# Basics of Forest Road Surveying

## Basics of Forest Road Surveying

Development of sound forest roads is one of the major parameters influencing overall timber harvesting activities within the perspective of sustainable forestry. This fact sheet summarizes some of the main aspects of forest road surveying, establishing curves and determining overall road length and profile of the road. Figure 1. Schematic of gradeline in the field.

Delta angle for each curve is calculated in the next step. Required parameters for each curve, namely external (E), point of curvature (PC) and point of tangency (PT) are calculated to determine geometry of each curve. External is the distance between PI and the closest point of the curve, and it is determined by measuring in the field. Derived from delta angle and E value, degree of the curve, which is defined by the angle subtended by 100 feet in the curve, is calculated based on table values. Figure 2 illustrates an example of establishing the centerline and calculations of curve parameters. In this example, the total length of the road will be determined by measuring from the first station to PC plus the length of the curve and distance from PT to the end of the road, which is the last station. When all measurements are obtained in the field, they are added together, and the total length of the road is determined. Also, data gathered in the field are transferred to engineering paper in the form of a scaled drawing so the parameters of the road can simply be quantified.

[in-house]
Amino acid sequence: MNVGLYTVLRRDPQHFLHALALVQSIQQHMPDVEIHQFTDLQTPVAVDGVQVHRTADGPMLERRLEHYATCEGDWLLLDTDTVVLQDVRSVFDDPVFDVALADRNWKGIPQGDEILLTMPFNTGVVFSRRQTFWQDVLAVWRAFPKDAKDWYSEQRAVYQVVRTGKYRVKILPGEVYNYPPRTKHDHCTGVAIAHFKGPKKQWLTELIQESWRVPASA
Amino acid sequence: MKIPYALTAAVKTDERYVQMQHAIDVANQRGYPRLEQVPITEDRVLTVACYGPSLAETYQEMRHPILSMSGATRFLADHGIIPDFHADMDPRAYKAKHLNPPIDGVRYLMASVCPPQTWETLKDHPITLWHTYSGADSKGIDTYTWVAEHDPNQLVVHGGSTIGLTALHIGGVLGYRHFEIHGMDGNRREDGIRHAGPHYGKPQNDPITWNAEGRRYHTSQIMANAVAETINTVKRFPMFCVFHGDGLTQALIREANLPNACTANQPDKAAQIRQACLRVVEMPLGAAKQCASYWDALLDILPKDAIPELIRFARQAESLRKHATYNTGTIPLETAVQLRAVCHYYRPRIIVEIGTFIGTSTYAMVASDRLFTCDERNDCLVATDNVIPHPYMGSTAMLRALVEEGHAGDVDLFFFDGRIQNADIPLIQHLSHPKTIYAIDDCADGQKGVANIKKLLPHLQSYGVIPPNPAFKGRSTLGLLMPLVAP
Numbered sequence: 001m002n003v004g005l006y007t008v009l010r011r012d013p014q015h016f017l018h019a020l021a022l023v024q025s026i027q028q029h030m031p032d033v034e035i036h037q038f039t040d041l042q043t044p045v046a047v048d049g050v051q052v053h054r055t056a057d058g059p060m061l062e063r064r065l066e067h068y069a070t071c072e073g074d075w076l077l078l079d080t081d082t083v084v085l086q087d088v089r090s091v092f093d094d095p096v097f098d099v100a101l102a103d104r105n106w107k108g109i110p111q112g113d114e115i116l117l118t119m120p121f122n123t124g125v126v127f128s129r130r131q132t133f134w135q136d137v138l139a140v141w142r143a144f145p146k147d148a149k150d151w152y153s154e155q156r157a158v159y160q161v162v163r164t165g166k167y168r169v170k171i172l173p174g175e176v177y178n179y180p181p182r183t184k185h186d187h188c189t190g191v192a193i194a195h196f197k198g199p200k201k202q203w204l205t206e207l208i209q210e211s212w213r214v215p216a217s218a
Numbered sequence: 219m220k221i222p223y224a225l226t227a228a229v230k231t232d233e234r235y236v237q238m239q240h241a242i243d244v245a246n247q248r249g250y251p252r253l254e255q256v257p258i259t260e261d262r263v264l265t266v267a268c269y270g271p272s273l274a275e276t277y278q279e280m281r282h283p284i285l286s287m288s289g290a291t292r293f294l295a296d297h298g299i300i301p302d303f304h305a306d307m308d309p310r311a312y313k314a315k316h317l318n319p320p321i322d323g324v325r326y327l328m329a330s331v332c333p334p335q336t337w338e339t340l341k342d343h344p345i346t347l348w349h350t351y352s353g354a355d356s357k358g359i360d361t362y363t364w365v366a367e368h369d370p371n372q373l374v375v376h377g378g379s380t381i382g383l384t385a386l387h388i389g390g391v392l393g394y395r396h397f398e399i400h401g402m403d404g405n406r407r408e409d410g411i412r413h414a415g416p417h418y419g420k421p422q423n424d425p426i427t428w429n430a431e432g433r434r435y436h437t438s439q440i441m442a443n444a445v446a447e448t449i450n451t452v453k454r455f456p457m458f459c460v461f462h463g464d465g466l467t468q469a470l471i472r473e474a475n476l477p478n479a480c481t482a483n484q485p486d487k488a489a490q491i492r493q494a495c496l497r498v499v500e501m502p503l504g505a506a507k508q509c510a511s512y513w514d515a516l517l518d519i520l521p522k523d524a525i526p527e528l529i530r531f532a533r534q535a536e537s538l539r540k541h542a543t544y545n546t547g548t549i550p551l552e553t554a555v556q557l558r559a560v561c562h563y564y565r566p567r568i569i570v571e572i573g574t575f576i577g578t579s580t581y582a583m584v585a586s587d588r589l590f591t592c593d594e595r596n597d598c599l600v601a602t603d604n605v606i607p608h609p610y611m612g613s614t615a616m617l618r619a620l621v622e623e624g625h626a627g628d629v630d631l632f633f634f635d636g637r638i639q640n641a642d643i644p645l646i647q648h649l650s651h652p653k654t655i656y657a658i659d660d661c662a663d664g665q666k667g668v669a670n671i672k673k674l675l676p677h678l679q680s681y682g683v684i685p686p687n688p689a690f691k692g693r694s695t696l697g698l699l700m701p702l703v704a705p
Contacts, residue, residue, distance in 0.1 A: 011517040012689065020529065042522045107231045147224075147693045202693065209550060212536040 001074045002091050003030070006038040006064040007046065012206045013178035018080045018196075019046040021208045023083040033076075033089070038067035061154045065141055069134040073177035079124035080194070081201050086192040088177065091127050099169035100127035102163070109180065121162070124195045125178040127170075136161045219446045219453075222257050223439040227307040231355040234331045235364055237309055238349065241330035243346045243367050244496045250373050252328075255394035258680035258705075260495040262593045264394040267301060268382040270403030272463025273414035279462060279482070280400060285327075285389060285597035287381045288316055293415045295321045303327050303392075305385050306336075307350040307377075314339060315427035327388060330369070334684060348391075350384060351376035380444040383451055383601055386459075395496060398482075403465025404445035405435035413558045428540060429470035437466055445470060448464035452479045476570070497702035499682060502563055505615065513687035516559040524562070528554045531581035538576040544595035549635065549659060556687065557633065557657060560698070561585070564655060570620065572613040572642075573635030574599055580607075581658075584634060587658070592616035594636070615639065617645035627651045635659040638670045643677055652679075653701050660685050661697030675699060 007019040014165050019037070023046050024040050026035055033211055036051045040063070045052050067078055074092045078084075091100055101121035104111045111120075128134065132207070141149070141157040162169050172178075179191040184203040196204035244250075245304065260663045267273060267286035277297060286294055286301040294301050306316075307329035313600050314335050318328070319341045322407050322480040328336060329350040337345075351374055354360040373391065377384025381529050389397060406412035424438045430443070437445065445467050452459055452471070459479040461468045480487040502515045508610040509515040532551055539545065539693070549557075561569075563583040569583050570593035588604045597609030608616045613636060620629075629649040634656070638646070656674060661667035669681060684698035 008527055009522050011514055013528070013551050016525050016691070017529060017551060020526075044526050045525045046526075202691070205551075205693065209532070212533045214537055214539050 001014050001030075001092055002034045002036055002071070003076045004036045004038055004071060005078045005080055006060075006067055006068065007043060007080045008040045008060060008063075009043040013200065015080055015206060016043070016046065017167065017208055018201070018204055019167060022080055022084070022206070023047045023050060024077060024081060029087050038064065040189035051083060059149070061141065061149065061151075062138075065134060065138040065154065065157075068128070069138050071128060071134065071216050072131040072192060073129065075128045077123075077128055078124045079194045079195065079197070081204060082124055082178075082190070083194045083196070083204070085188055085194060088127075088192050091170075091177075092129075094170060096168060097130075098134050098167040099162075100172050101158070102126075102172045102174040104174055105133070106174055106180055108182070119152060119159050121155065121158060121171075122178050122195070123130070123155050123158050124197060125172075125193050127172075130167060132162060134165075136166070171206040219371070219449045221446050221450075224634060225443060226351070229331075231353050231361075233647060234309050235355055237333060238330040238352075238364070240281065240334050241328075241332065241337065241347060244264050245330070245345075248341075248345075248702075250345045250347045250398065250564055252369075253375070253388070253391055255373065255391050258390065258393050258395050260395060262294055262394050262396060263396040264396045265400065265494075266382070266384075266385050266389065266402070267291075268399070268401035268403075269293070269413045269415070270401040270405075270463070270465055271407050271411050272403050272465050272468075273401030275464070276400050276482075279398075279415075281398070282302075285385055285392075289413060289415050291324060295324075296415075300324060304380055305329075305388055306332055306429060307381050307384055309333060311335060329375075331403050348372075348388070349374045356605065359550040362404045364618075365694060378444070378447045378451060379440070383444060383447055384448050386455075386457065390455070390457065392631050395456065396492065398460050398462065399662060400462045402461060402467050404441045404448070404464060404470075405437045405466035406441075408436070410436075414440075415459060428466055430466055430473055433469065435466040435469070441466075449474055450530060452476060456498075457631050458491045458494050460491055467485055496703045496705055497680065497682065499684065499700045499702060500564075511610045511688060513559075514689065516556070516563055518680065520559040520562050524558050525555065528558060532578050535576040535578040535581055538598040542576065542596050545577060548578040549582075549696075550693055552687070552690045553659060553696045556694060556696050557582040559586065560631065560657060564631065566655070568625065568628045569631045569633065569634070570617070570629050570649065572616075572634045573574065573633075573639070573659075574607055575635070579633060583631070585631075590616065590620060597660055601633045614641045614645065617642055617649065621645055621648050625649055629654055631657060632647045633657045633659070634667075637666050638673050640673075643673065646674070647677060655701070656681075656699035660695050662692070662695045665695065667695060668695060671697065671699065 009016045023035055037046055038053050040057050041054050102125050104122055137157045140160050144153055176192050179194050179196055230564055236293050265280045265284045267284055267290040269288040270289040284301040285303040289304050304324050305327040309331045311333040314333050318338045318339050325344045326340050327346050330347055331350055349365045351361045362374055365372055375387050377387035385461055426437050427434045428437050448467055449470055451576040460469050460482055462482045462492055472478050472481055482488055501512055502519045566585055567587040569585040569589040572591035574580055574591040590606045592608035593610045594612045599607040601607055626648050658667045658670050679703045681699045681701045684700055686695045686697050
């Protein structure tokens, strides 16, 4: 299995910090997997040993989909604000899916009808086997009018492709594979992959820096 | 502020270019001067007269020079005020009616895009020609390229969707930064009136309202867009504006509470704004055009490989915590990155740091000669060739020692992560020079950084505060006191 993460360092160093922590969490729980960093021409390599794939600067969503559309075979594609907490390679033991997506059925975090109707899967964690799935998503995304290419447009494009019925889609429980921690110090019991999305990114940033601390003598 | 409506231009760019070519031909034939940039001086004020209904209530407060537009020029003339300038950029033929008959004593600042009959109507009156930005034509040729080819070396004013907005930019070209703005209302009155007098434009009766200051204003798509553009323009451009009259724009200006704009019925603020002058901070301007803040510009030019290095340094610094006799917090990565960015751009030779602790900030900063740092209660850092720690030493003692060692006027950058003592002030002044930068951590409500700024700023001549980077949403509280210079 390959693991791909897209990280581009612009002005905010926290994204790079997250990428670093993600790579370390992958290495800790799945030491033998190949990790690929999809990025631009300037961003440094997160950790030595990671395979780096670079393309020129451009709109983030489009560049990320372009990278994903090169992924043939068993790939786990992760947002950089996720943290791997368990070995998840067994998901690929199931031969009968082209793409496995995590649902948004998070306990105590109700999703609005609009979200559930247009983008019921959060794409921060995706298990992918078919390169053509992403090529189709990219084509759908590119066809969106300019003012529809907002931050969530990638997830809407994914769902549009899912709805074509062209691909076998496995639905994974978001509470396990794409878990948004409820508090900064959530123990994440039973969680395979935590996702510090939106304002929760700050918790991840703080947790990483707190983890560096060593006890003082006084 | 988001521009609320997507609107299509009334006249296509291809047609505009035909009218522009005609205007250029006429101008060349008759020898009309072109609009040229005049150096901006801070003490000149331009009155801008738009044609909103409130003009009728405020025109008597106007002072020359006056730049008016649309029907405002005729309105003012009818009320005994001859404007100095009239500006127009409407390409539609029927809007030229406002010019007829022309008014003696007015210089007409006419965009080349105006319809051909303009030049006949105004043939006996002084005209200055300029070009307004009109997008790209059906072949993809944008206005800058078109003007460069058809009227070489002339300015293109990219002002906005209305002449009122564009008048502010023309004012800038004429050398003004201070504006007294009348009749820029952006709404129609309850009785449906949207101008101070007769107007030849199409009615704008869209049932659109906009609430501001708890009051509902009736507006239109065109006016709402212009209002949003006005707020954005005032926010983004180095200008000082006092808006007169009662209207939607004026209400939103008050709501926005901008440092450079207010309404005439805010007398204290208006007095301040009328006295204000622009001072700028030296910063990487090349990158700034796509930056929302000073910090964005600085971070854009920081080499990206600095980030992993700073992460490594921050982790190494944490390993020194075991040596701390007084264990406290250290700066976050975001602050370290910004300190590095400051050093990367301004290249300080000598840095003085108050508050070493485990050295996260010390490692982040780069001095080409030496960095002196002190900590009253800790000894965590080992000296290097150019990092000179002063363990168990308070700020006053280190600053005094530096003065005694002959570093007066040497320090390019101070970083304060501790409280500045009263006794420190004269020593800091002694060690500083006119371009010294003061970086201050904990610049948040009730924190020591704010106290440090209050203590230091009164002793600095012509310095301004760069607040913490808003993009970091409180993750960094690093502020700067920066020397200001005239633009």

Table 1. Example for road profile. [HI=E+BS; E=HI-FS]

Station Backsight Reading (BS) Height of Instrument (HI) Foresight (FS) Elevation (E)
0+00 - - - 1,000
5.00 1,005 - -
0+50 - - 1.0 1,004
8.00 1,012 - -
1+00 - - 0.5 1,001.5
7.00 1,018.5 - -
1+50 - - 3.00 1,015.5 Figure 2. Establishment of centerline and calculations of parameters of the curves. Figure 3.  Process of collecting data for the road profile.

Salim Hiziroglu